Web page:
Happy Monday, everyone. We enter the week with one less sport to bet on as the NBA wrapped up its season on Sunday, but news of positive sports betting results is expected to continue.
The most recent LSR Podcast remained focused on the saga of 5 Dimes, which continues moving toward an intended switch from offshore operator to legally-regulated sportsbook.
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Top sports betting news: Another DraftKings cash raise
At this point, it might seem like the LSR team is reading the filings incorrectly. But, amazingly, there was yet another stock offering last week that raised $1 billion in cash.
This time, it was DraftKings tapping the public markets once again. After raising more than $600 million from a similar-sized offering in June, DraftKings added another $1 billoion to its balance sheet through a 20.8 million share offering last week.
The first priority for the cash likely remains customer acquisition, according to Chad Beynon of Macquarie. It’ll stay that way as long as the customers acquired continue to return six to 10 times their acquisition costs, he added.
DraftKings spent $200 million on sales and marketing during the third quarter. That was more than four times what was spent in the second quarter, though that makes sense considering the return of sports and the beginning of NFL betting season.
DraftKings could also be thinking about an acquisition in an adjacent market, Beynon added. Having that much cash on the balance sheet gives DraftKings a chance to be in any conversation.
Midwest states report strong sports betting results
Sports betting is alive and well in the Midwest with new markets ramping and existing markets hitting new records.
First, sports betting in Illinois showed the state could quickly become a top US market thanks to the governor’s in-person registration suspension. Bettors placed $140 million in bets during August, the vast majority of which came from BetRivers. That’s because of the significant first-mover advantage BetRivers got after launching first in June.
We’ll keep an eye on Illinois throughout the week. That in-person registration suspension ends Saturday and there’s no guarantee of renewal.
It’s not just new markets seeing success, though. Both Indiana and Iowa saw new records in September.
There was $207 million in handle from IN sports betting, topping the $200 million mark for the first time. Iowa sports betting, meanwhile, had $72.4 million in handle. The state still has its in-person registration requirement through the end of the year.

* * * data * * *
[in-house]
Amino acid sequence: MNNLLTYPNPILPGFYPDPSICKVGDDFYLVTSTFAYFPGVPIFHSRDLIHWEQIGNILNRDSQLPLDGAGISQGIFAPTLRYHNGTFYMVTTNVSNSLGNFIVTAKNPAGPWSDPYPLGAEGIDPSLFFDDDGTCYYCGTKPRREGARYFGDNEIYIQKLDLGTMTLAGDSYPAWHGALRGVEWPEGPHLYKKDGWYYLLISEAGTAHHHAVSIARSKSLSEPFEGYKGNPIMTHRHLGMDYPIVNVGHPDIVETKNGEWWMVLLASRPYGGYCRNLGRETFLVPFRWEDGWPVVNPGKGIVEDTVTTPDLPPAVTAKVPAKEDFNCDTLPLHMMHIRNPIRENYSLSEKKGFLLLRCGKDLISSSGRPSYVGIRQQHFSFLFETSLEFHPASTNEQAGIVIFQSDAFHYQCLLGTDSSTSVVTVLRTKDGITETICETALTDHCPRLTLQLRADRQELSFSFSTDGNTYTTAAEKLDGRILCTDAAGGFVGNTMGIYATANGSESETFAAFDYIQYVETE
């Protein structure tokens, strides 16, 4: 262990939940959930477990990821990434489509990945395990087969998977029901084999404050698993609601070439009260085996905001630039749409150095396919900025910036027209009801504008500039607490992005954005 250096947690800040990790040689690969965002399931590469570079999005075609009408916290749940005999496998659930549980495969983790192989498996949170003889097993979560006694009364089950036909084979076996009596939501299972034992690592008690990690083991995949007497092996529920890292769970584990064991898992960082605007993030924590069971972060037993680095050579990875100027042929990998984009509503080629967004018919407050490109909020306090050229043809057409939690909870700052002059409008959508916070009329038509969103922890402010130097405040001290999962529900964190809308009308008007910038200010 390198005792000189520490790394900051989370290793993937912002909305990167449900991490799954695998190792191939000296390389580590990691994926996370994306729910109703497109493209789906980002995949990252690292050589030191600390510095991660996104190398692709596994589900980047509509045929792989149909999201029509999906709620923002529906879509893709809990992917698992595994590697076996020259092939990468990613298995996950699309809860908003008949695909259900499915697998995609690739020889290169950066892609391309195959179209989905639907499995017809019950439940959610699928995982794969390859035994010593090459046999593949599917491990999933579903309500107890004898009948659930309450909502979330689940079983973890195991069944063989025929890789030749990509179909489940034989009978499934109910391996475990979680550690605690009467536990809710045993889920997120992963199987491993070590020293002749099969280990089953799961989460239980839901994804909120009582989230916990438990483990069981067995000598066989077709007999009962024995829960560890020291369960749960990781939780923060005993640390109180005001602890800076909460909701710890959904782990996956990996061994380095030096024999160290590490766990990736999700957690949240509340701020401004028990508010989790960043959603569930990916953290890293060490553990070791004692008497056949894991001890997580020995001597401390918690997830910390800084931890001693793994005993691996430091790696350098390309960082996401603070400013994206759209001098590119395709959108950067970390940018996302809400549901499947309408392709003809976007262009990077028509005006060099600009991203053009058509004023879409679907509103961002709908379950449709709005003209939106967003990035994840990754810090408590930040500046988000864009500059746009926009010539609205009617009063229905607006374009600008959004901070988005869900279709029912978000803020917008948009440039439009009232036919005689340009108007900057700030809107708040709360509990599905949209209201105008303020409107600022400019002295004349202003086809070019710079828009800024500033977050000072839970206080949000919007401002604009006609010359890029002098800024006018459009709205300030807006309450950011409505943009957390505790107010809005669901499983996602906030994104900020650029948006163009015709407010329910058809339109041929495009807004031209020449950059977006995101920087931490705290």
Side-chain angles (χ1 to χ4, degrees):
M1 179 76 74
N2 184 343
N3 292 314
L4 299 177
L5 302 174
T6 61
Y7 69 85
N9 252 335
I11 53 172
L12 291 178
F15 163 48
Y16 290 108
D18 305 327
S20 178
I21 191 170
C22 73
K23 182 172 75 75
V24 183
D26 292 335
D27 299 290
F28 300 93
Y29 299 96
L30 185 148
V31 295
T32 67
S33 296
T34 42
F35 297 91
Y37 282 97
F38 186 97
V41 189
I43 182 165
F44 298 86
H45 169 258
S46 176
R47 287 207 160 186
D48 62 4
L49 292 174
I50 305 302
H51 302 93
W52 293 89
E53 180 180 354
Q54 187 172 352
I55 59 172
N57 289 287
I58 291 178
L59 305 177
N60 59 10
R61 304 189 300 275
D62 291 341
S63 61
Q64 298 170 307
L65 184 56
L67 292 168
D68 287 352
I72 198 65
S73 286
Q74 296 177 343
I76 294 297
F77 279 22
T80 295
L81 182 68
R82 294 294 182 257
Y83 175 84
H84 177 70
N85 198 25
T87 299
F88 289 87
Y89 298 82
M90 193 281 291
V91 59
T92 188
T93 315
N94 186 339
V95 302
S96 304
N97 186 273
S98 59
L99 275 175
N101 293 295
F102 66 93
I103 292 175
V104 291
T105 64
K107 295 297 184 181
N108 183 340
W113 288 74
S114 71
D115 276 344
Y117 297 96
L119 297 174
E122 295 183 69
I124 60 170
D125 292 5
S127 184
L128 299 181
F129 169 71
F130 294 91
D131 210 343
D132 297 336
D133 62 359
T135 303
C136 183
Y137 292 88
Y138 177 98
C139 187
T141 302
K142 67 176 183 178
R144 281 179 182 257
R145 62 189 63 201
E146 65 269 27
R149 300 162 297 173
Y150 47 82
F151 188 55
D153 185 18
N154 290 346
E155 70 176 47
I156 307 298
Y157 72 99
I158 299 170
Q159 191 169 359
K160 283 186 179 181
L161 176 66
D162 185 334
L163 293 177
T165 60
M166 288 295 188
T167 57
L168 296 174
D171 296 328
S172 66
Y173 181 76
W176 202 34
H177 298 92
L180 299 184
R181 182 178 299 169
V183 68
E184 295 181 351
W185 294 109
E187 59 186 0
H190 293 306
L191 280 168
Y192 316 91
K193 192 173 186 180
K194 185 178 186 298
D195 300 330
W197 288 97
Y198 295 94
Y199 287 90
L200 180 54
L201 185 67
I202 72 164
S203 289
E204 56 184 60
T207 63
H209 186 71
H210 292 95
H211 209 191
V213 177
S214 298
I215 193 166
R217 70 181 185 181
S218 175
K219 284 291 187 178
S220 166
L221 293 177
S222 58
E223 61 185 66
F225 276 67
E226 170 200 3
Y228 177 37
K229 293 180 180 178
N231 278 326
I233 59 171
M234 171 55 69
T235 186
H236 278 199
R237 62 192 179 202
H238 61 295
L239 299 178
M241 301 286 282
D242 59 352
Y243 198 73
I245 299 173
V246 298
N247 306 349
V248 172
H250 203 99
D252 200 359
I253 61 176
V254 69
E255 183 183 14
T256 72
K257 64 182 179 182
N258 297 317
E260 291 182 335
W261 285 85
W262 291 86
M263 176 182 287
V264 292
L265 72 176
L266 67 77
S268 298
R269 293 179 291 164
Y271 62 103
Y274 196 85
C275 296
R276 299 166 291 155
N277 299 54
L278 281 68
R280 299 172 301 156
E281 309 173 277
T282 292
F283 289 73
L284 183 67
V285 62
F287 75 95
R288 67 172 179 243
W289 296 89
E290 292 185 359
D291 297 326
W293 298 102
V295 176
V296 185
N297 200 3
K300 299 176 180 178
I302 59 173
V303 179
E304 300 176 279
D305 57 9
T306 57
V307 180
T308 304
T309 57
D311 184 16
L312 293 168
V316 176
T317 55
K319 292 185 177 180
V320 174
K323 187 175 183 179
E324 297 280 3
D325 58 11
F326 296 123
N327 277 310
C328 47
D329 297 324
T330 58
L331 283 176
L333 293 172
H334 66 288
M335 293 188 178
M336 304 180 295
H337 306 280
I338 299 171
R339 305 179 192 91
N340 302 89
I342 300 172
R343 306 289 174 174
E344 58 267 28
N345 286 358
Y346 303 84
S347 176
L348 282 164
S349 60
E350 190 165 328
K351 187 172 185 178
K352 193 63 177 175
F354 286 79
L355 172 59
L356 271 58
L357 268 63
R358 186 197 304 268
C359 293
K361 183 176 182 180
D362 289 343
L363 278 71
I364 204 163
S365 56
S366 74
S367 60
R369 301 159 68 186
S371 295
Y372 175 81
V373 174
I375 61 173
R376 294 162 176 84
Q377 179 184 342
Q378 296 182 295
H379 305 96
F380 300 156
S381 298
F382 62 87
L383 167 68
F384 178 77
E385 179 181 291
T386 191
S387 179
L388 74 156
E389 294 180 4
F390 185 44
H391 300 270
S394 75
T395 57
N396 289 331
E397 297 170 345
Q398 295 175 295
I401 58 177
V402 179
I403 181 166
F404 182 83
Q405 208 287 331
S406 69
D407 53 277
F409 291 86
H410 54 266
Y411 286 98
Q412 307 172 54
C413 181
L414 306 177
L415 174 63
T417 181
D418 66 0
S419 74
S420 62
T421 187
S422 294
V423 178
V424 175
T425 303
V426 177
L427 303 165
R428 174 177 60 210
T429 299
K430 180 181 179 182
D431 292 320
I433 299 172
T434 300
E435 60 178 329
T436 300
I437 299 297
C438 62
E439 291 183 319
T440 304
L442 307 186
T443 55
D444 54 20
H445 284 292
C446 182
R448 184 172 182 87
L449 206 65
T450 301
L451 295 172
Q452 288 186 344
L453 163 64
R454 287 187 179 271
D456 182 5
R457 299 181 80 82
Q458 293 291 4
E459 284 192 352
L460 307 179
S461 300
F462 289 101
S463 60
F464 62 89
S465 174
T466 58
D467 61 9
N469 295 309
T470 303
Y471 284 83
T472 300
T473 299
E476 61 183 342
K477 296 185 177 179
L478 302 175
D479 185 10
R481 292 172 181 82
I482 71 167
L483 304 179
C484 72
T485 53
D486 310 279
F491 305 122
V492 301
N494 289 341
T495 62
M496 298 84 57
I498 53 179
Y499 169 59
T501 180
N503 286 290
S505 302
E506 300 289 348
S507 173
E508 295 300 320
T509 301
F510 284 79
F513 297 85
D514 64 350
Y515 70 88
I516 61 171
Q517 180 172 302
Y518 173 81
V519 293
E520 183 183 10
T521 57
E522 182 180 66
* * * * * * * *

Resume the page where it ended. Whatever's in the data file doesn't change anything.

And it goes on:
What’s next for 5Dimes?
Even though 5Dimes paid its $47 million settlement stemming from an investigation into illegal gambling activity, wire fraud and money laundering, there’s no guarantee it’ll ever take a legal US sports bet.
It looks like 5Dimes will try to enter the US as an operator, which means it’ll need to be found suitable by state gaming regulators. 5Dimes is currently talking to regulators in New Jersey to find a pathway to a license, its attorney Jeff Ifrah said.
It’s unclear if settling with the US government will be an option in the future for other offshore betting operators. LSR looked at four previous offshore crackdowns to put 5Dimes’ settlement into perspective.
GVC: Losing more, but business is better
GVC raised its expected loss in the US to $77.4 million this year, but that’s actually a positive for how BetMGM is doing, GVC CEO Shay Segev said.
The raised guidance from a $52 million loss is from spending more on marketing than anticipated, Segev said. BetMGM signed five team sponsorship deals in the third quarter alone.
BetMGM will account for $150 million to $160 million in net revenue this year. It will spend a similar amount on marketing.
One negative was Segev’s less bullish take on the integration with Yahoo Sports. The agreement was announced 11 months ago but Segev called the integration “a journey” and noted it was too early to talk numbers.